Managing multiple Xcode versions on CI using Fastlane

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The 2.211.0 release of Fastlane comes with a brand new action: xcodes. This new action, implemented by @rogerluan_, allows you to install, select and manage multiple versions of Xcode directly from Fastlane.

As well as introducing a new action, this release deprecates the existing xcode-install and xcversion actions too.

This post will explore the current state of Xcode version management on CI using Fastlane, and will explain how the new xcodes action works.

Selecting a version of Xcode

Selecting a version of Xcode at the beginning of Fastlane’s execution can be a very useful way of making your workflows as portable and reusable as possible for you and your team.

Fastlane usually runs in a CI environment, which means that you want to make sure that selecting an Xcode version does not meddle with the system’s settings and does not require any manual intervention, such as asking for sudo permissions.

Both the existing xcode_select and the new xcodes actions are able to achieve this by setting the DEVELOPER_DIR environment variable to the path of an Xcode application.

Contrary to what running xcode-select -s does, setting the DEVELOPER_DIR environment variable does not require root permissions and only affects the current shell session.

Using xcode_select

The xcode_select action is the simplest and less intrusive way of selecting an Xcode version. The action requires the full path to an Xcode application (e.g. /Applications/Xcode_14.1.app) and it uses this path to set the DEVELOPER_DIR environment variable.

fastlane/Fastfile
# Set the version before every lane...
before_all do
    xcode_select("/Applications/Xcode-14.1.app")
end

A big downside to this approach is that, since xcode_select requires a full path to the Xcode application, you need to have a strict naming convention for all Xcode installations across all your CI runners.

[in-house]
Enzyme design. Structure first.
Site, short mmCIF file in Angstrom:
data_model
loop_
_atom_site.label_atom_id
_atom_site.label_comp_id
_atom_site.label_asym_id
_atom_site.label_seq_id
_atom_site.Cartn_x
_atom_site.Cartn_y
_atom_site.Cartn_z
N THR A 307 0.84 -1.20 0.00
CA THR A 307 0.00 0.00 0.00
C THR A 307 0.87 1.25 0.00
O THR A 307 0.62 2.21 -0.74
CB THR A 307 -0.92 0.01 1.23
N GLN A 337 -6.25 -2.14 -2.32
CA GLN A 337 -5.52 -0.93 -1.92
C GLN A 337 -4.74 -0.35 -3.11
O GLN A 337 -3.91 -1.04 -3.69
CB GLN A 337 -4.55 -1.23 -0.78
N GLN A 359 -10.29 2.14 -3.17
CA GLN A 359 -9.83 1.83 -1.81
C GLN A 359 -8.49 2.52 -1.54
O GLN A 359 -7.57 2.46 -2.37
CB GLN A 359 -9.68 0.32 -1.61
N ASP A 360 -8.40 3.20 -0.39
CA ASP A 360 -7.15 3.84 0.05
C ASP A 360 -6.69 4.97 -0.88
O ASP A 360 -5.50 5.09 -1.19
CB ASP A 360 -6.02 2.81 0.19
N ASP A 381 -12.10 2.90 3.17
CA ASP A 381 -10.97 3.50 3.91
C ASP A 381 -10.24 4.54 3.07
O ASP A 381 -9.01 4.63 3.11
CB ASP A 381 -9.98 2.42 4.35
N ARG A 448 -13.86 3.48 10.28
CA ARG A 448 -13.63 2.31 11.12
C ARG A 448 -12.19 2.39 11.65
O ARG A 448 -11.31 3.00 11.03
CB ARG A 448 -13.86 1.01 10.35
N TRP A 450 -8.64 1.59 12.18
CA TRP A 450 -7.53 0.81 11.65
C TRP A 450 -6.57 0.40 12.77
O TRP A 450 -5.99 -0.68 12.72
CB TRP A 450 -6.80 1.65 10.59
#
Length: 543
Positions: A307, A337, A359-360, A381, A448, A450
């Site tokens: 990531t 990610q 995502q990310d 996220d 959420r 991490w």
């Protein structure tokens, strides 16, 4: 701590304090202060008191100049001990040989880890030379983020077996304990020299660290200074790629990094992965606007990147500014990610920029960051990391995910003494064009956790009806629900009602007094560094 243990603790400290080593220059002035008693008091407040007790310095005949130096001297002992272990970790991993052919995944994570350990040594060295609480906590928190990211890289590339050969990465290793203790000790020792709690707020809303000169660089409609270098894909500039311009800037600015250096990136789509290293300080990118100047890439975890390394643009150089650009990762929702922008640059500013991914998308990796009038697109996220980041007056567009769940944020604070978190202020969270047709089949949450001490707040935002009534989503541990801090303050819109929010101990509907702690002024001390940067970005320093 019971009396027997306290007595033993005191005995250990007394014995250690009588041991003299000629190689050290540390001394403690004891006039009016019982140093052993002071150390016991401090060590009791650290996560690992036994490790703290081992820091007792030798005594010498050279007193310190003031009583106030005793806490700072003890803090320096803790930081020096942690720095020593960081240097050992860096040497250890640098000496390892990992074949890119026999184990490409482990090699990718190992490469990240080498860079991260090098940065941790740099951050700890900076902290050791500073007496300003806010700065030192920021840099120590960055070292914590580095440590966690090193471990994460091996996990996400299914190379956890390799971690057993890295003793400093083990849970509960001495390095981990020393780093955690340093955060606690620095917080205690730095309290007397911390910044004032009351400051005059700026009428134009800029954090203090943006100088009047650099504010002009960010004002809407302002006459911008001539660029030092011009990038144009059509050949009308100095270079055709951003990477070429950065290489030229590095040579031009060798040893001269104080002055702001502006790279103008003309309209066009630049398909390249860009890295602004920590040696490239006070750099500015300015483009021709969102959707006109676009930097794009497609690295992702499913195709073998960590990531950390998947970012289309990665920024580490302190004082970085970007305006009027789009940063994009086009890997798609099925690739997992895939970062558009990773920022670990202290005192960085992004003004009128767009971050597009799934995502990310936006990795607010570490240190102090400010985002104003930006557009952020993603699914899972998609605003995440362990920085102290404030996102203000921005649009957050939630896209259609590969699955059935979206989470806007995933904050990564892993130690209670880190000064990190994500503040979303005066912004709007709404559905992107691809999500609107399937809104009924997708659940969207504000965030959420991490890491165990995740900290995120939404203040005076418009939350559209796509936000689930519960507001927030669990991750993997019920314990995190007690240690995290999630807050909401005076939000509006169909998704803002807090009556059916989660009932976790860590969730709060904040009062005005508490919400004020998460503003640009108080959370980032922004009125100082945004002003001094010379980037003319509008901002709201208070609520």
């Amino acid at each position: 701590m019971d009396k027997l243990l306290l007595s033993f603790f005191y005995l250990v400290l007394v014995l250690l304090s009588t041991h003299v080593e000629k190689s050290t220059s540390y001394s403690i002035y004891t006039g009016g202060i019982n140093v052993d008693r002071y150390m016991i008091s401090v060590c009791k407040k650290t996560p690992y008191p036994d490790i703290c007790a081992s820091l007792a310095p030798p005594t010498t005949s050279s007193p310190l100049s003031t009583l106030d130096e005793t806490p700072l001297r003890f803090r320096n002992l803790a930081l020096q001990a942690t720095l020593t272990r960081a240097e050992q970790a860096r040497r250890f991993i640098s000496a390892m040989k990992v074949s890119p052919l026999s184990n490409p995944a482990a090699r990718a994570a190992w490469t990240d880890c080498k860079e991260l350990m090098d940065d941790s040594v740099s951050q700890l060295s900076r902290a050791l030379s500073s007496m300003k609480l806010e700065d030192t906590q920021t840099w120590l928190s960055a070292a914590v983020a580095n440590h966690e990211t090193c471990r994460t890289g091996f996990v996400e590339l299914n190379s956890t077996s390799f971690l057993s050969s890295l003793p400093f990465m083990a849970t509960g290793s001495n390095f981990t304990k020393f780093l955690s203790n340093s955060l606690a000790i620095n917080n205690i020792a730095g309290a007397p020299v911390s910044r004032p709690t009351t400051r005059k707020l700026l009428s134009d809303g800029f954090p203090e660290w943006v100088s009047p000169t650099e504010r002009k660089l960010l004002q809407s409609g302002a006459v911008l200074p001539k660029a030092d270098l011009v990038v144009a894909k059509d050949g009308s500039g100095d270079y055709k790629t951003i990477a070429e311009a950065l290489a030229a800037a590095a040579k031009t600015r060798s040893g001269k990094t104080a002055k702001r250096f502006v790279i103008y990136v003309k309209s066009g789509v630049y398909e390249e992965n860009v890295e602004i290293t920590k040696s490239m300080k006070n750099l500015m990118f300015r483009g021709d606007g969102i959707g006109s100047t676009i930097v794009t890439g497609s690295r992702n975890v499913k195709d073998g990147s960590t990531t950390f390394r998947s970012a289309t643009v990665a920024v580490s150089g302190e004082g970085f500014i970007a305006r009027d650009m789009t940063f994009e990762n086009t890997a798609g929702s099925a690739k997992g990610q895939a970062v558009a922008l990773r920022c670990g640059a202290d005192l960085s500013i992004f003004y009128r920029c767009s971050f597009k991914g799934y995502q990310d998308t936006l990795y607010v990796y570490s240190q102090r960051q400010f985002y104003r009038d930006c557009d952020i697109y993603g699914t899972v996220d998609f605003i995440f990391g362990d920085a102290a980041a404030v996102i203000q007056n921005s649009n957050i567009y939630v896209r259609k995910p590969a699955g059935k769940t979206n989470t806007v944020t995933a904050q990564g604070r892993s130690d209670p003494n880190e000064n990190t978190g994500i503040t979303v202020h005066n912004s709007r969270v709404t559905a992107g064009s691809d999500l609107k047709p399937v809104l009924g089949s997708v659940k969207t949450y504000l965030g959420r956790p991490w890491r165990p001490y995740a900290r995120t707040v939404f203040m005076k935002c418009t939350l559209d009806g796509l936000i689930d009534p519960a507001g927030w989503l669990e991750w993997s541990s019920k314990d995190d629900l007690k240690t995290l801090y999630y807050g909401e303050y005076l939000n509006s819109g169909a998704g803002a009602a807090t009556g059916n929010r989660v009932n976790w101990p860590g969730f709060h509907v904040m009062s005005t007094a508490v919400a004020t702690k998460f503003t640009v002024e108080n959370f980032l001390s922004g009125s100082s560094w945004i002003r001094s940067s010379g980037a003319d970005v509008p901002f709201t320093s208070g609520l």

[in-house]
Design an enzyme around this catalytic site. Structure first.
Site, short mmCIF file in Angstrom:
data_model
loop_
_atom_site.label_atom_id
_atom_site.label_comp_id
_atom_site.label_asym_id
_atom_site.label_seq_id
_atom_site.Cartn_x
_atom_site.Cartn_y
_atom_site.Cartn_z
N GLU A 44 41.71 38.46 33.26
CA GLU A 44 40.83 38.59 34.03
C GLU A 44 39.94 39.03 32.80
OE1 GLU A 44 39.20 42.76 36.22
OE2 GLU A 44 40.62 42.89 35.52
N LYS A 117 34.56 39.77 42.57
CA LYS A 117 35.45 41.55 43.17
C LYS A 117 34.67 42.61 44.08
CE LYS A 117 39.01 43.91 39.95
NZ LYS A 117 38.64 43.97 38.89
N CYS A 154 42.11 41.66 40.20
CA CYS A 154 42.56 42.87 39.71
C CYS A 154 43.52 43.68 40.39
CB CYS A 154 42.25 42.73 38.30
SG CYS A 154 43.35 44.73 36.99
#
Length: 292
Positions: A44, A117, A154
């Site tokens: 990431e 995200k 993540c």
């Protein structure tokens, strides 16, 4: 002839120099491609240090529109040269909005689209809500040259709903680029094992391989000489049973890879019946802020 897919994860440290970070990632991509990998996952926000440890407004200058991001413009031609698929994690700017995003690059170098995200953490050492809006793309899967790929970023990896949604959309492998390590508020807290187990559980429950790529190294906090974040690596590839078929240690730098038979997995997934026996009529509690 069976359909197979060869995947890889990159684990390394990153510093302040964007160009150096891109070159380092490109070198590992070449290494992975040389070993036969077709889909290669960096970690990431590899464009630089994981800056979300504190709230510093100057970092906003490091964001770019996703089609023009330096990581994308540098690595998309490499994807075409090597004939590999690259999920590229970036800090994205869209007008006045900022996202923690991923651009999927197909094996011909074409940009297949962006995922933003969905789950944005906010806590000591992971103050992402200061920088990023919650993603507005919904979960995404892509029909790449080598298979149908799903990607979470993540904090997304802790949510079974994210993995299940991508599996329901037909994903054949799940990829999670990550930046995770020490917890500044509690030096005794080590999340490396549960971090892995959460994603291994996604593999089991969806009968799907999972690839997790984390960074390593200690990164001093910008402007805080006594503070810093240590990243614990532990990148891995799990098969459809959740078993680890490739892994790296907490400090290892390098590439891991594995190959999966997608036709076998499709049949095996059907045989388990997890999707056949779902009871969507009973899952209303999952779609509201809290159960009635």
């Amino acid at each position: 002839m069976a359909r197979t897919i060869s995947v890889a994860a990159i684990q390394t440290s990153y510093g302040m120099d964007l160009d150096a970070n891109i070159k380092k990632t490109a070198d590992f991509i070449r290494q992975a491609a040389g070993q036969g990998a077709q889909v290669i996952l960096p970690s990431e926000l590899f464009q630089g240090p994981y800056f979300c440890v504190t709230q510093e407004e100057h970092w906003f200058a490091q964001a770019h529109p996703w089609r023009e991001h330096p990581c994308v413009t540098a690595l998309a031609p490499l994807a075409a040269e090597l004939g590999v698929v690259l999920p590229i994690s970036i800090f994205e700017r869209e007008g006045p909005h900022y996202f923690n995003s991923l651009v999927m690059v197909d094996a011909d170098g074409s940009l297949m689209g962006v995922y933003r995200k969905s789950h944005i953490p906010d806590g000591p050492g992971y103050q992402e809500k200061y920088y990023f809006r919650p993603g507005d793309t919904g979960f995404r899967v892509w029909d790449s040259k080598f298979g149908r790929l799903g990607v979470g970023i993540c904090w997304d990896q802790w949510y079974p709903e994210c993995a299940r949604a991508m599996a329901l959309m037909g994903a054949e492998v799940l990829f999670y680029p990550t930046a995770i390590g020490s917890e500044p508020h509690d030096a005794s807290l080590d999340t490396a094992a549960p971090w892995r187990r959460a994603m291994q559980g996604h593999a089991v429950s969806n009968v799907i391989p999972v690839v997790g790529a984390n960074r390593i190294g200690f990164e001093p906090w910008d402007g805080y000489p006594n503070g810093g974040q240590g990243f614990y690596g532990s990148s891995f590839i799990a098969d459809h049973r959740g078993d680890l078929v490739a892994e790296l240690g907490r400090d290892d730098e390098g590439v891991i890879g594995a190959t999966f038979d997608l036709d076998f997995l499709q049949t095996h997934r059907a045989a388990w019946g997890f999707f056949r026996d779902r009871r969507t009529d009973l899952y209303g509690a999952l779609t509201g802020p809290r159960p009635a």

Even if you don’t use self-hosted runners, if you want your lanes to work locally, you need to ensure that the path to your local Xcode installation matches that of the CI runner.

Using xcodes

The alternative to using xcode_select now that both xcode-install and xcversion are depecrated, is the xcodes action. This action is a wrapper around the xcodes CLI, an application I have used for a very long time to manage Xcode versions on my machine.

The downside to this new lane is that it does not work out-of-the-box as it relies on the system having the xcodes cli installed.

Installing xcodes

The xcodes command line tool is available on Homebrew, and can be installed by running:

Terminal
brew install robotsandpencils/made/xcodes

Selecting an installed version using xcodes

Similarily to the way xcode_select works, xcodes can be used to select a version of Xcode which is already installed in the system.

The xcodes action uses a version parameter instead of a full path to a .app file and finds the correct Xcode application in the system from the given version.

By default, the action will install the queried version of Xcode if it can’t be found in the system and select it system-wide. This behaviour can be disabled by setting the select_for_current_build_only parameter to true, which I would thoroughly recommend:

fastlane/Fastfile
before_all do
    xcodes(version: "14.1", select_for_current_build_only: true)
end

Note that the xcodes action expects a valid RubyGems style requirements for the version parameter. For example, you would select a stable version of Xcode by passing 14.1, and a pre-release version by passing 14.1.beta.3.

Creating an .xcode-version file

The xcodes action can also be used to select a version of Xcode based on the contents of a .xcode-version file at the root of your project. This is a very common pattern in other version managers such as rbenv, nvm and swiftenv.